BACKGROUND: Dementia affects 15% of Canadians 65 and older, and the prevalence is expected to double over the next two decades. Low socioeconomic status (SES) can increase the risk of Alzheimer’s disease (AD) and the precursor mild cognitive impairment (MCI), but it is unknown what the relationship of SES is on initial clinical presentation to a memory disorders clinic.
METHODS: Data from 127 AD and 135 MCI patients who presented to our Memory Disorders Clinic from 2004 to 2013 were analyzed retrospectively. We examined the relationship between SES (measured using Hollingshead two-factor index) and (1) diagnosis of either AD or MCI; (2) age when first presented to clinic; (3) objective cognitive tests to indicate clinical severity; and (4) the use of cognitive enhancers, medication for treating mild-to-moderate AD patients.
RESULTS: AD patients had lower SES than MCI patients (p < 0.001, r = 0.232). Lower SES was associated with a greater age at initial time of diagnosis (χ2 = 11.5, p = 0.001). In MCI patients, higher SES individuals outperformed lower SES individuals on the BNA after correcting for the effect of age (p = 0.004). Lower SES was also associated with decreased use of cognitive enhancers in AD patients (p < 0.001, r = 0.842).
CONCLUSION: Individuals with lower SES come into memory clinic later when the disease has progressed to dementia, while higher SES individuals present earlier when the disease is still in its MCI stage. There were more higher SES individuals who presented to our memory clinic. Higher SES is associated with better cognitive functioning and increased use of cognitive enhancers. The health policy implication is that we need to better engage economically disadvantaged individuals, perhaps at the primary care level.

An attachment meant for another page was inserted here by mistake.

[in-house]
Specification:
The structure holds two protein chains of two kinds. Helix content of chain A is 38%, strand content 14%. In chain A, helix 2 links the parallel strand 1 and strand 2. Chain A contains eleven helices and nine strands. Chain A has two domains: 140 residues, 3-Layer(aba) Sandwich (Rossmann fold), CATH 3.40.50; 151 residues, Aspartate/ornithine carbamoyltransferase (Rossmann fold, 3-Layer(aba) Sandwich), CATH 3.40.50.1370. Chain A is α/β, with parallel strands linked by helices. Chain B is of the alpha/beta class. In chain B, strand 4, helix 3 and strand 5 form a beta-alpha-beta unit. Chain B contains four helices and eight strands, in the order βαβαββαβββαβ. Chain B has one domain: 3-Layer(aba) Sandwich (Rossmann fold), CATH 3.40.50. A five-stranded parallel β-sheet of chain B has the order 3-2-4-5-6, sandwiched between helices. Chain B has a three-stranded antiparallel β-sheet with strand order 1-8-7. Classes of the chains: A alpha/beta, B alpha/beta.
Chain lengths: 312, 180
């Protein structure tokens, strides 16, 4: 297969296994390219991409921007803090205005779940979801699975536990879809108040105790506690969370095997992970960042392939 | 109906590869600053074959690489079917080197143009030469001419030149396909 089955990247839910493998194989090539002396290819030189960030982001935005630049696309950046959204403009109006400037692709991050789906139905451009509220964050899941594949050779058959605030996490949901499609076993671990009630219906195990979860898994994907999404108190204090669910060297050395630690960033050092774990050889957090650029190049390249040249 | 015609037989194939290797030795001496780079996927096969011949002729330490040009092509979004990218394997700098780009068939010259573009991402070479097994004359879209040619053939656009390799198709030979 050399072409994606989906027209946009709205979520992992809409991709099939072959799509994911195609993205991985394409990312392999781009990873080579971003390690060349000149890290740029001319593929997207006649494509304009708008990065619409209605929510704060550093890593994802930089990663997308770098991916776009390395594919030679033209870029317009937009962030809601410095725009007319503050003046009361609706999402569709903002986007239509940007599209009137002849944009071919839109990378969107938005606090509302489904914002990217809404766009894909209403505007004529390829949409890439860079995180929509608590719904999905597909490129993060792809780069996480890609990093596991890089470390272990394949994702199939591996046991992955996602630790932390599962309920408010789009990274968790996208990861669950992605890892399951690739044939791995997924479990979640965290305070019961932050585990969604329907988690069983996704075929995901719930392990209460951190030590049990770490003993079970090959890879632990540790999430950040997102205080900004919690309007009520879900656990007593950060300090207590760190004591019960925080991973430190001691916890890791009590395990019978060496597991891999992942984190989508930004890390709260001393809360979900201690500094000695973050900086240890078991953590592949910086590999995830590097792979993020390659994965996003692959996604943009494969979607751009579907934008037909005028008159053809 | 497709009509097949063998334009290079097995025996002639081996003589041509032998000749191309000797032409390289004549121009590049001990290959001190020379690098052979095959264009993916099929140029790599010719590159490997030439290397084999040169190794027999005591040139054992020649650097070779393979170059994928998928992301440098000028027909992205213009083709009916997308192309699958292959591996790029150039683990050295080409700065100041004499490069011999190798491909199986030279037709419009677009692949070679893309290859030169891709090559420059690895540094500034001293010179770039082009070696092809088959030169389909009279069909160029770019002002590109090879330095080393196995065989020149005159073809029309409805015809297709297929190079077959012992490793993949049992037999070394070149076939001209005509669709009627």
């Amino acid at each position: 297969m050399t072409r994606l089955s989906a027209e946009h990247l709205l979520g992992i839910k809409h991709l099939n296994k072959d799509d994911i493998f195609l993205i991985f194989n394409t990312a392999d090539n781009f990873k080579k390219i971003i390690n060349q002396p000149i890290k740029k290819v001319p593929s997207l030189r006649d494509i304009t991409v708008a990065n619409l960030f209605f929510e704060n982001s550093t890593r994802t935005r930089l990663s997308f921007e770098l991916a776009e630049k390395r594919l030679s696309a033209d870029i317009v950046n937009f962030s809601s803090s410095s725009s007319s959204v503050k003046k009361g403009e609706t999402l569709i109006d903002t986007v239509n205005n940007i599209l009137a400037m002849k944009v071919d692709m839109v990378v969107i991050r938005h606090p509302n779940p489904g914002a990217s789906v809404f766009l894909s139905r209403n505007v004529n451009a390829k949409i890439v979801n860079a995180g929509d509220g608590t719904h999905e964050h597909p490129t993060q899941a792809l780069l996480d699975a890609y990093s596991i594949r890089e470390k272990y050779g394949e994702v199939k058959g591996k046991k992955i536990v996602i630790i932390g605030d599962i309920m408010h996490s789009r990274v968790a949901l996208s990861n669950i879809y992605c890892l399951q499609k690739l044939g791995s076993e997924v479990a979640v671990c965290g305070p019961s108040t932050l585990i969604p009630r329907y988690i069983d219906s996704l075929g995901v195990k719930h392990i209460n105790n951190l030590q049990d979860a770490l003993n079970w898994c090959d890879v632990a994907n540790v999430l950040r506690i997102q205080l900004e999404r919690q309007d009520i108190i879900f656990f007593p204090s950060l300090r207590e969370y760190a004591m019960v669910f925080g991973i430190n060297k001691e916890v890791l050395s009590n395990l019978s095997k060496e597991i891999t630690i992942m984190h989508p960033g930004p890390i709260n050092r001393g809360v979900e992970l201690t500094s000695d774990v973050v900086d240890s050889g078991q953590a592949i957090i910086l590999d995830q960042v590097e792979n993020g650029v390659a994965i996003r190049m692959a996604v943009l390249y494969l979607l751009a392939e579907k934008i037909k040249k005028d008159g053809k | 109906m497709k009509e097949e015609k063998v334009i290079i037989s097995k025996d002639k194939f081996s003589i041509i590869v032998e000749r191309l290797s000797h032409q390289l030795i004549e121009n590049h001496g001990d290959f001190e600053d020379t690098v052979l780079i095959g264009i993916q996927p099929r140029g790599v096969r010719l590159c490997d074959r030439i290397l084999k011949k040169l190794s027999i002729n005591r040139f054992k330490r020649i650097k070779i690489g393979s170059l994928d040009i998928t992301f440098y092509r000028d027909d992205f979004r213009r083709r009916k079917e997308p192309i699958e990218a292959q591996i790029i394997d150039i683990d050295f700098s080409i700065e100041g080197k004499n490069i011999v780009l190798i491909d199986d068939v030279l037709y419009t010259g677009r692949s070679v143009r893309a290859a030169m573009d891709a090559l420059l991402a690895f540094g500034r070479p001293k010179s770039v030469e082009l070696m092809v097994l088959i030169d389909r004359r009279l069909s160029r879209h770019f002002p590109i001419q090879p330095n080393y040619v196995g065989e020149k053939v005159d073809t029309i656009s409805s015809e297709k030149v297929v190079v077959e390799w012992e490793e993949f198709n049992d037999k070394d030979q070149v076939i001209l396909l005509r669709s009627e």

Alzheimer’s disease (AD) is the most common type of dementia and is associated with significant cognitive and functional decline. Mild cognitive impairment (MCI) is a brain syndrome often considered to be the transition stage between normal aging and Alzheimer’s disease. While there is a genetic component to AD, there are many environmental factors that can influence the onset and progression of the disease. Socioeconomic status (SES), defined by some a measure of educational level combined with occupational attainment, is a factor that has been shown to reduce the risk of AD and dementia, although its effects on MCI have not been as extensively investigated. While it appears that the diseases themselves are more common among low SES population, it is not known how SES impacts medical referral to a memory disorders clinic. Initial presentation is of importance because earlier detection and diagnosis of the disease can lead to more effective treatment with cognitive enhancers, medication for treating mild-to-moderate AD patients.